The total number of students who do not graduate from high school has declined, from 1 million high school dropouts in 2008 to approximately 750,000 dropouts in 2012. Meanwhile, the national high school graduation rate reached 83.2 percent for the Class of 2015, the highest rate to date. But significant high school graduation rate gaps remain between white students and their Latino, African American, and American Indian peers. Additionally, there are nearly 2,400 high schools nationwide that fail to graduate one-third or more of their students. The students attending these low-graduation-rate high schools are disproportionately students of color and students from low-income families.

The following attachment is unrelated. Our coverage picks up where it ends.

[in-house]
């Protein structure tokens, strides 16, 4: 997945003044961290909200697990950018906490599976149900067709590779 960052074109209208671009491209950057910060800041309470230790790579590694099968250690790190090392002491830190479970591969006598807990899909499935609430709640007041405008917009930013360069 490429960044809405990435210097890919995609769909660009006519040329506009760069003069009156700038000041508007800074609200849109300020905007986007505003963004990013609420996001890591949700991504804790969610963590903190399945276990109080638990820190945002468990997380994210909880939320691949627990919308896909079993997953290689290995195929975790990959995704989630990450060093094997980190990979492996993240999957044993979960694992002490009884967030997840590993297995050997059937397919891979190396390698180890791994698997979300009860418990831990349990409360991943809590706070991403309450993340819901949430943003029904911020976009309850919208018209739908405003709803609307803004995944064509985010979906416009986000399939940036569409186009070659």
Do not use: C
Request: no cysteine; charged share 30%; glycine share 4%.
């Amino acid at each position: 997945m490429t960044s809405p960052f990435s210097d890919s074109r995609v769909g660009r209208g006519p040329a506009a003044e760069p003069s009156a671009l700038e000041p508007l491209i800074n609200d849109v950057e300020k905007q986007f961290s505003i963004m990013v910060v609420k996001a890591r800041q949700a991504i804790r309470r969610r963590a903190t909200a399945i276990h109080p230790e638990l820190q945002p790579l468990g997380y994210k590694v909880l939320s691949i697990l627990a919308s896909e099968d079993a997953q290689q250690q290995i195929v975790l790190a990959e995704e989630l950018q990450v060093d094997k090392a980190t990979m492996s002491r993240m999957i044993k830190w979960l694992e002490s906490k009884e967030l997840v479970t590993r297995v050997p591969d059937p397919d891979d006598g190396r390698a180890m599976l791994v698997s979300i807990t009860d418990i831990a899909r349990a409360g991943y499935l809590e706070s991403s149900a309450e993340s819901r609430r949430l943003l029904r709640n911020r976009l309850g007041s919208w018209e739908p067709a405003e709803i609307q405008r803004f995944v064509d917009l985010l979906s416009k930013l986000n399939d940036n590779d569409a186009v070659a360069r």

The Every Student Succeeds Act (ESSA) requires states and districts to support and improve the quality of low-performing high schools. States must set long-term high school graduation rate goals for all student groups and identify and intervene in those schools that graduate fewer than two-thirds of their students.
The national high school graduation rate for the Class of 2013 was 81 percent—the highest ever recorded, according to new data released on February 12 from the U.S. Department of Education (ED). The rate is up from 80 percent for the Class of 2012 and 79 percent for the Class of 2011.